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Bisphenol A (or BPA) is a plastic additive. It is used to make polycarbonate, a clear and rigid plastic. BPA appears to leach from plastics when they are heated or frozen. Unfortunately, BPA is everywhere, from the majority of baby bottles to the liners of formula cans to our Nalgenes. Health professionals are concerned about BPA because it mimics estrogen and can cause unnatural hormonal fluctuations as a result. This kind of mimicking makes BPA an “endocrine disruptor,” and that’s bad for everyone, regardless of sex, and for non-humans, too. Consumer Reports says: “During such “endocrine disruption,” chemicals can interfere with or mimic the action of hormones, in ways that can upset normal development.”

Wikipedia has a very detailed article about BPA, its effects, and types of plastics that contain it. Here is a table from their page:

Identification in Plastics

There are seven groups of plastic polymers,[32] each with specific properties that are used worldwide for many packaging applications (see table below). Each group of plastic polymer can be identified by its Plastic Identification code (PIC) – usually a number or a letter abbreviation. For instance, Low-Density Polyethylene can be identified by the number “4” and/or the letters “LDPE”. The PIC appears inside a three-chasing arrow recycling symbol. The symbol is used to indicate whether the plastic can be recycled into new products.

Highlighted types in the table below are believed to not leach chemicals in any significant amount. Type 1 (PET) and Type 6 (PS) have unreacted phthalate monomer in PET and unreacted styrene monomer in PS which could be leached to packed contents in certain conditions [32], but those resins do not use Bisphenol A (BPA) during polymerization and package forming.

Type 7 plastics, such as polycarbonate plastic and epoxy resins, are made from BPA monomer.[1] When such plastics are exposed to hot liquids, BPA leaches out 55 times faster than it does under normal conditions, at up to 32 ng/hour.[33] Also, Type 3 (PVC) could have BPA as antioxidant in plasticizers, if BPA is used during package forming.[1]

Plastic Identification Code Type of plastic polymer Common Packaging Applications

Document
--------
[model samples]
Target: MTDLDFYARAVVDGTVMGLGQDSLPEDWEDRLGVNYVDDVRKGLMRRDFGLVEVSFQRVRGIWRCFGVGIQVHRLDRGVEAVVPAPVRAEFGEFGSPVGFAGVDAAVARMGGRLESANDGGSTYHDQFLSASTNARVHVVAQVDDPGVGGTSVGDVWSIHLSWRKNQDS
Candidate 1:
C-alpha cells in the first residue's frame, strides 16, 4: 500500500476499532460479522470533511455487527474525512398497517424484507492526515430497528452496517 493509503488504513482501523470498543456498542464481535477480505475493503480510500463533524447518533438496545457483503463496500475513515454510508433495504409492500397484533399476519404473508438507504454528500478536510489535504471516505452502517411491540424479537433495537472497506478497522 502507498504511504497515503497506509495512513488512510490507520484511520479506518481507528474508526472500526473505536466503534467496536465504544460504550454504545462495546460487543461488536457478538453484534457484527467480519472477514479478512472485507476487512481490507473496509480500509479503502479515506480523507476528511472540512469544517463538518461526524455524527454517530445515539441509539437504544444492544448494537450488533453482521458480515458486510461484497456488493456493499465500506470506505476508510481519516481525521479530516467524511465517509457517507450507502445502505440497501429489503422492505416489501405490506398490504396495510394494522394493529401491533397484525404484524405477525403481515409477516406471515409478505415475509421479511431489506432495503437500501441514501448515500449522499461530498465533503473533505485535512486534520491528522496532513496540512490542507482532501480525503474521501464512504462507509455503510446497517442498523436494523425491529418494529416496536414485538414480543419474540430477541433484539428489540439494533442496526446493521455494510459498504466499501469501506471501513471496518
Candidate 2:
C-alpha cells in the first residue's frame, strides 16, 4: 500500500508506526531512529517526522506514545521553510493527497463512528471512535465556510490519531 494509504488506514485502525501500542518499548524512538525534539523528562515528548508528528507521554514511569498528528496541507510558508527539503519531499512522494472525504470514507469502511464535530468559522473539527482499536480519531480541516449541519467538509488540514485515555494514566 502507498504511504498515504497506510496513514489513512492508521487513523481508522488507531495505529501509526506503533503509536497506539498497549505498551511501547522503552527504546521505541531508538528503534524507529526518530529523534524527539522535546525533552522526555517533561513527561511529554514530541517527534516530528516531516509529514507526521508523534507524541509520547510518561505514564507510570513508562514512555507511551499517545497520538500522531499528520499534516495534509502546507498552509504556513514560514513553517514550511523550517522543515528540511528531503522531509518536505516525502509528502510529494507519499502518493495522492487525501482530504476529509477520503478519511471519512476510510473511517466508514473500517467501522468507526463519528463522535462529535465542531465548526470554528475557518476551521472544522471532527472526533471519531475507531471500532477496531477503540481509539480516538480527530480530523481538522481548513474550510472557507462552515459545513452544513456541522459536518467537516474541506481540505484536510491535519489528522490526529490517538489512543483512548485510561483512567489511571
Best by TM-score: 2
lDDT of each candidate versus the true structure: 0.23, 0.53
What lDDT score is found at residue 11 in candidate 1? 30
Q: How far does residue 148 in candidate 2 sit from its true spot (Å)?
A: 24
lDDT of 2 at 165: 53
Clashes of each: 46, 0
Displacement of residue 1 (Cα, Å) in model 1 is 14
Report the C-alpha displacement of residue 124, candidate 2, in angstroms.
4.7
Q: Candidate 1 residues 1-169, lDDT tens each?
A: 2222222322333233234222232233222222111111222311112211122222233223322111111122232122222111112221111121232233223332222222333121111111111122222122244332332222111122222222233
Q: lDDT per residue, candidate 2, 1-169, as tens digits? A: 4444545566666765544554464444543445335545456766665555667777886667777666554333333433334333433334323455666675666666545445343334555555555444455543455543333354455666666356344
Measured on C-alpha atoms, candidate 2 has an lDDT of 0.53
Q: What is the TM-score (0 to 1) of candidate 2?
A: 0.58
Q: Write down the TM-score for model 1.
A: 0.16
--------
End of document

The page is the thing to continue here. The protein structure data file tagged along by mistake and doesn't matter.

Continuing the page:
1 Polyethylene Terephthalate (PET, PETE) Soft drink, water and salad dressing bottles; peanut butter and jam jars
2 High Density Polyethylene (HDPE) Milk, juice and water bottles; yogurt and margarine tubs; trash and retail bags.
3 Polyvinyl Chloride (PVC) Juice bottles; cling films
4 Low Density Polyethylene (LDPE) Frozen food bags; squeezable bottles, e.g. honey, mustard; cling films; flexible container lids.
5 Polypropylene (PP) Reusable microwaveable ware; kitchenware; yogurt containers; margarine tubs; microwaveable disposable take-away containers; disposable cups and plates.
6 Polystyrene (PS) Egg cartons; disposable cups, plates, trays and cutlery; disposable take-away containers; yogurt and margarine containers
7 Other Beverage bottles; baby milk bottles.

Here’s a quick guide to safe plastics from Consumer Reports:

if you are concerned about the presence of BPA, look for unbreakable BPA-free plastic, such as polyethylene, an opaque, less-shiny plastic (sometimes marked with recycling code 1 and/or the abbreviation PET) that does not leach BPA. Other plastics not made with BPA are high density polyethylene (2, HDPE), low density polyethylene (4, LDPE), or polypropylene (5, PP). Avoid plastics marked with recycling codes #3, #6 and #7 (polycarbonate, also marked PC).

Check out Baby’s Toxic Bottle (Center for Health, Environment & Justice). Click here to download a PDF of the study that’s responsible for making bisphenol-A a household term. Check out Consumer Reports’ site for a primer on safer baby-bottle purchasing. (Thanks drool.icio.us).

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